On February 8, 1995, at precisely 11:25 a.m., city staff assistant Lori Milano sent assistant city attorney David Feldheim an e-mail asking for the go-ahead to demolish real estate developer Frank Ptito's future home on a prime piece of waterfront property on east Las Olas Boulevard, a historied piece of land where Johnny Weissmuller, a.k.a. Tarzan, is said to have once lived.
Ptito had already sunk about $600,000 into building the trilevel house on the property, and he planned to spend another $300,000 to finish it. Ptito was looking forward to moving back into his house after returning from France with his wife and young triplets.
At 11:28 a.m. on that day came Feldheim's reply to Milano to go ahead and destroy the house. Nine days later, the city had the partially built luxury house demolished. It was obviously a shocking development to Ptito, who got a call at 2 a.m. from a friend telling him his dream house was gone.
"After he told me he wasn't joking, I thought I was having a heart attack," Ptito recalls. "How would you react? It was unbelievable."
Not surprisingly, Ptito sued the city. Two weeks ago, a twelve-person jury awarded Ptito $630,000 for his lost house. The city will also have to pay Ptito interest on the $630,000, which his lawyer claims has grown to $200,000. Throw in Ptito's attorney's fees -- which Ptito estimated at more than $300,000 -- and the city is looking to take at least a $1.1 million hit.
It's a steep price tag for a screwup that appears to have its roots in the city's 1994 attempt to save money. That attempt led to the layoffs of almost all of the building department's knowledgeable inspectors and managers, a move that was made just four months before Ptito's house was leveled.
In all, ten building-department managers -- including those with the most expertise and experience -- were laid off. Milano, who isn't even a certified building inspector, was only a staff assistant in the department at the time, but she was forced to make major decisions in the department after the cuts, says city manager George Hanbury, who masterminded the slashing of the building department.
"She was assigned new duties," says Hanbury, who claimed at the time that the layoffs would save the city $4 million. "Certainly I was asking people to do far more than they had done before. We all had to do that. We were all going to have to absorb those additional duties and responsibilities."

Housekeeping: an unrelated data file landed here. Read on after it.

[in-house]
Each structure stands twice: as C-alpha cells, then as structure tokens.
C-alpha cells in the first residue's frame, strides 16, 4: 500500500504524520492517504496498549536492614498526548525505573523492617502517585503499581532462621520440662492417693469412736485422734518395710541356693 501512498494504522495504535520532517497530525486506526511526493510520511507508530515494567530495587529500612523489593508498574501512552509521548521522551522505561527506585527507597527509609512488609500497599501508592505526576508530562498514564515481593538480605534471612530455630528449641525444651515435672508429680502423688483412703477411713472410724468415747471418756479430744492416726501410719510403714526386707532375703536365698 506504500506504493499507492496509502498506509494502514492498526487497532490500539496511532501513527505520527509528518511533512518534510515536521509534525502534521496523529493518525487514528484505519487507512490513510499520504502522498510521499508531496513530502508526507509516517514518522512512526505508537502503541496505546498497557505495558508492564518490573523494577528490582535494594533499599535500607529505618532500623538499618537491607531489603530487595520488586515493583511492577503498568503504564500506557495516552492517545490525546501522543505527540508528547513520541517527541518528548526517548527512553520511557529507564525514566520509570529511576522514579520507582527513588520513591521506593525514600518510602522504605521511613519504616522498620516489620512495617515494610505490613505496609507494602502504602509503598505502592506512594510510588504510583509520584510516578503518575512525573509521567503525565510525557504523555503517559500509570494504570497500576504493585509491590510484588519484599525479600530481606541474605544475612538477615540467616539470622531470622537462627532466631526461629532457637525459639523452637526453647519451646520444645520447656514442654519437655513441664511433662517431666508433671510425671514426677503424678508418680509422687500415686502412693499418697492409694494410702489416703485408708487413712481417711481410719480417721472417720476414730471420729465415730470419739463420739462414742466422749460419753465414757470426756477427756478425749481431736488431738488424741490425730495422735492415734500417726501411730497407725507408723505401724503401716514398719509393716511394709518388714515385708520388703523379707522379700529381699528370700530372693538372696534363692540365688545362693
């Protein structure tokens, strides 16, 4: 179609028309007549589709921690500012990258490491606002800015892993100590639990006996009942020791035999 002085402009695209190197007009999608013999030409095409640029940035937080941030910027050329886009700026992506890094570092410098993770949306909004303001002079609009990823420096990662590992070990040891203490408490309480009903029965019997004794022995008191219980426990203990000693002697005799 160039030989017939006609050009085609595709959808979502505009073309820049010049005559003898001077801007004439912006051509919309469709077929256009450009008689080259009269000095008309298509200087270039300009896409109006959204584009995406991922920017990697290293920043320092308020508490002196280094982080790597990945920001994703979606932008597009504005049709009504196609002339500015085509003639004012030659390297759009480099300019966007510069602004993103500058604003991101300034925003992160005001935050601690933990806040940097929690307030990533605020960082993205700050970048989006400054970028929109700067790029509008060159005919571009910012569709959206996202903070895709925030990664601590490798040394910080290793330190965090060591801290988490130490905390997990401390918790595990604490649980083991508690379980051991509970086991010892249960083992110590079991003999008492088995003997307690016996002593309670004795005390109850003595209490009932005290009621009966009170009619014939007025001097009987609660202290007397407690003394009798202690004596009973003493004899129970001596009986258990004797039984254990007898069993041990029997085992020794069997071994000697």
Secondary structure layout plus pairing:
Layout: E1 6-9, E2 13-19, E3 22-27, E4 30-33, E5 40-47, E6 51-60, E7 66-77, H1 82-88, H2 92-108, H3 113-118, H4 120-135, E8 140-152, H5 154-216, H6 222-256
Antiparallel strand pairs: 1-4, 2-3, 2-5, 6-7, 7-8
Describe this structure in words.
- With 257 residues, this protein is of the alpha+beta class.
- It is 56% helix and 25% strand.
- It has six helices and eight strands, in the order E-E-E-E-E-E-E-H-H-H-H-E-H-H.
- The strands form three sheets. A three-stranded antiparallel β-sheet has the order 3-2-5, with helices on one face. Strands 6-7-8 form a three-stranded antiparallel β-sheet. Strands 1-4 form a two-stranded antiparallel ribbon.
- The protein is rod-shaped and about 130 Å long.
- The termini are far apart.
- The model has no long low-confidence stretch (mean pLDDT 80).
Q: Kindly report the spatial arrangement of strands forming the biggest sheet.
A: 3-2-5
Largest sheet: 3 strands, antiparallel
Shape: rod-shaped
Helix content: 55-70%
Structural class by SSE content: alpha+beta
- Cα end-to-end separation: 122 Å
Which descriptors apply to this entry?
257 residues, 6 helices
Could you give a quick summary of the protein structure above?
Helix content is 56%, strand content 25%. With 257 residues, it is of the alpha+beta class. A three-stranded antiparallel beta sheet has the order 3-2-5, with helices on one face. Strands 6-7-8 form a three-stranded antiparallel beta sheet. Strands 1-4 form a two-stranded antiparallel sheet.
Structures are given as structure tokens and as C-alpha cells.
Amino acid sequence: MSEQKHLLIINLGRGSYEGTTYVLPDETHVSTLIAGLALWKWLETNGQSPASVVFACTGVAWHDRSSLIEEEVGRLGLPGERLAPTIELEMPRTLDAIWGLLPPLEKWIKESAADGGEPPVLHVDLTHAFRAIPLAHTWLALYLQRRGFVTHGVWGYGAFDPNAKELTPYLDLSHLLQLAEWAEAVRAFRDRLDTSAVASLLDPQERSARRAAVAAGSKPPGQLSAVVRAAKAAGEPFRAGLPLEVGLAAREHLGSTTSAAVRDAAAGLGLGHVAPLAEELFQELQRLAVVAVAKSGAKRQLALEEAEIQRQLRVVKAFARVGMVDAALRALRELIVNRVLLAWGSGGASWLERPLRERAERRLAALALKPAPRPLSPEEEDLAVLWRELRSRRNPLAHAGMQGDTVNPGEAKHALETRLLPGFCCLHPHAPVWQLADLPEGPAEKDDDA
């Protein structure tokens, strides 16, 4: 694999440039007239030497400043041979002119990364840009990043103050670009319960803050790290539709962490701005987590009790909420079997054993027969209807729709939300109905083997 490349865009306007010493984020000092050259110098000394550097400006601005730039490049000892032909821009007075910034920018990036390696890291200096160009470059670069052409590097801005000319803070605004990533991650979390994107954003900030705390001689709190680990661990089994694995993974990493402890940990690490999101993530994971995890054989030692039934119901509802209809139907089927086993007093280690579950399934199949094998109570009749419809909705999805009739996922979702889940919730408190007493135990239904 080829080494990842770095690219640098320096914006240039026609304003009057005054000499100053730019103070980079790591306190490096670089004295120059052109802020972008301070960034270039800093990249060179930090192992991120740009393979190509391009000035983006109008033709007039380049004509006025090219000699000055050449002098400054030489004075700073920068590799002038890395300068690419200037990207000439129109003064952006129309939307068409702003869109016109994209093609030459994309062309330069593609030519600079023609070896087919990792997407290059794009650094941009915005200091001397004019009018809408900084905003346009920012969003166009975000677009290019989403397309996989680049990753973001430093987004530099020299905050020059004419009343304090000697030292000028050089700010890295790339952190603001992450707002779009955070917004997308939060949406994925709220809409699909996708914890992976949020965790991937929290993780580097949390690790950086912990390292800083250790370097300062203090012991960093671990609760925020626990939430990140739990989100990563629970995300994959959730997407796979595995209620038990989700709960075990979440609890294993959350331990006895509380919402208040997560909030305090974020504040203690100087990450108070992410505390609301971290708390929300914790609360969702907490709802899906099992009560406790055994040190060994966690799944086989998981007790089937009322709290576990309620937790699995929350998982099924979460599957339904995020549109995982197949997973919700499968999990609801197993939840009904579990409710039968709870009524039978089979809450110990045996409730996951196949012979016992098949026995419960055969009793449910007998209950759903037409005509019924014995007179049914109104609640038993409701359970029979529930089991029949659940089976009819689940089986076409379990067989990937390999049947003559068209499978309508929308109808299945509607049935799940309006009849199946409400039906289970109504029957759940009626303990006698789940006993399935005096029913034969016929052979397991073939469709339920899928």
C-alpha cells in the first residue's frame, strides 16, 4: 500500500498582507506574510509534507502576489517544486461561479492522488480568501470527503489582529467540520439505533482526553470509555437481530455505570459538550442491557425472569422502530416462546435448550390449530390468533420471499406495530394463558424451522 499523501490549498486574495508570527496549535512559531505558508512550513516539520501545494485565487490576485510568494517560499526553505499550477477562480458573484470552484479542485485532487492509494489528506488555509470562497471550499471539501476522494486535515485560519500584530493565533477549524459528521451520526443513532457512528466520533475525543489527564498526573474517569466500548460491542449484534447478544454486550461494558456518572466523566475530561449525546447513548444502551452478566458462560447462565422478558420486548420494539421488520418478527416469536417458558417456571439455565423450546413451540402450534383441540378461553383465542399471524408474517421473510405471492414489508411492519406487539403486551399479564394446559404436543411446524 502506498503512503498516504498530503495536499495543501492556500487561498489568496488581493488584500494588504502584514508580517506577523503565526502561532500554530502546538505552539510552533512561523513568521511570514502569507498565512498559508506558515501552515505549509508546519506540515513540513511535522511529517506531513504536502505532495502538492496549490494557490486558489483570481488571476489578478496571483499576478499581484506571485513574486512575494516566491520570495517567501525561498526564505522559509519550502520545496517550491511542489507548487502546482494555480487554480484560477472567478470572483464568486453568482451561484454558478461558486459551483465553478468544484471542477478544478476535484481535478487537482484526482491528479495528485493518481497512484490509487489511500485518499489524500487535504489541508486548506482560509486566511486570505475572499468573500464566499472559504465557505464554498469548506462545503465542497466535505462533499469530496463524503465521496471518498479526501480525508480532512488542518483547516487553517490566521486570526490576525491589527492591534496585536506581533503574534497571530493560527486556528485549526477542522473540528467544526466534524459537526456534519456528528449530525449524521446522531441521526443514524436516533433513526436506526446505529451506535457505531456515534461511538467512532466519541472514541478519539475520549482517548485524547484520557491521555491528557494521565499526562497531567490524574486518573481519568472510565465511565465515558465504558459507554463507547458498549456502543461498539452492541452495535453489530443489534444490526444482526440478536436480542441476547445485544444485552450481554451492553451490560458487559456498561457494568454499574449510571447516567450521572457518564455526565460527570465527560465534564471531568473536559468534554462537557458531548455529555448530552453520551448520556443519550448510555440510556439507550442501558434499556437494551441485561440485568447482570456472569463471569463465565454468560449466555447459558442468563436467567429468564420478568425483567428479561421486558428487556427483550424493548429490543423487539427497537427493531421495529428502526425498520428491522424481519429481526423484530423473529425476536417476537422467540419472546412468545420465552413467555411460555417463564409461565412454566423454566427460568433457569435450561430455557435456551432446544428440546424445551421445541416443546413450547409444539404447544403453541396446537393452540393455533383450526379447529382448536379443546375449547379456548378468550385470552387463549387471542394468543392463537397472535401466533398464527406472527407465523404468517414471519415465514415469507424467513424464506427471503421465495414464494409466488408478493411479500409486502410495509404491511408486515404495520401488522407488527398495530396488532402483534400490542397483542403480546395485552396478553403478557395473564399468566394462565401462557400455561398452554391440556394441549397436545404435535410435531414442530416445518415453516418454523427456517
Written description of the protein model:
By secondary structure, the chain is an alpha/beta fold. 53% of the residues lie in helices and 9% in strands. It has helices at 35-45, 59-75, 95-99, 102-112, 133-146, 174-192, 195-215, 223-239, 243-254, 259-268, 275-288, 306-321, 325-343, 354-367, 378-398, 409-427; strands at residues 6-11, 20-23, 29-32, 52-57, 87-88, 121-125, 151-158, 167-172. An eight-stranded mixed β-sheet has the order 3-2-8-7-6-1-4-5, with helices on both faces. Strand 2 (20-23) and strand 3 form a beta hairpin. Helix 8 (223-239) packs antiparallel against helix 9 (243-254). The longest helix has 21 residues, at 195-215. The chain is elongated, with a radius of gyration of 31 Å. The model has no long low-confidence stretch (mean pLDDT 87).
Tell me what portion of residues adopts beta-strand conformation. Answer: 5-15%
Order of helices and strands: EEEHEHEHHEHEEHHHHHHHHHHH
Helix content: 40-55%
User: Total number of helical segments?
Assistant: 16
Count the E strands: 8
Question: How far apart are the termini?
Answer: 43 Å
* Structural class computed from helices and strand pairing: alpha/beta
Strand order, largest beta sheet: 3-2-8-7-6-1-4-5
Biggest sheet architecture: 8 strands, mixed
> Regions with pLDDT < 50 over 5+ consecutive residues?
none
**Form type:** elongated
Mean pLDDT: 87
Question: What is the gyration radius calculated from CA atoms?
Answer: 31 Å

In addition to the gutting of institutional knowledge, Hanbury, with the commission's approval, also merged the building department with the fire department in the hopes of streamlining city government and avoiding duplication of duties. At the time he claimed the merger would create "one-stop shopping."
It also created confusion.
"It was sort of a coup -- the building department was taken over by the fire department," said John McDonald, one of the managers who was laid off. "You had fire inspectors and management personnel who were never involved in these things, and they didn't know what they were doing."
McDonald was a certified building inspector and code enforcer with fifteen years' experience when his position was terminated. He served as the city's representative to the Unsafe Structures Board, which makes recommendations to the city commission on demolitions. Naturally, McDonald is a critic of the layoffs, and he says that as far as the Ptito fiasco goes, Milano was as much a victim as anybody. He points at Hanbury and the approving city commission as the real culprits.
"The building department is this big dragon, and when they laid off everybody, they cut its head off and put Lori up on top of it to ride the thing while it was thrashing around," says McDonald. "It wasn't Lori's fault. The ones who are responsible are the people who wanted to slash the money out of the budget in the first place."
To be sure Milano did the right thing in going to the lawyer Feldheim for confirmation that the decision to tear down the Ptito property was legally correct. Feldheim gave the approval based on the fact that there were no active building permits on the property and there was an old resolution passed by the city commission to demolish on Ptito's property.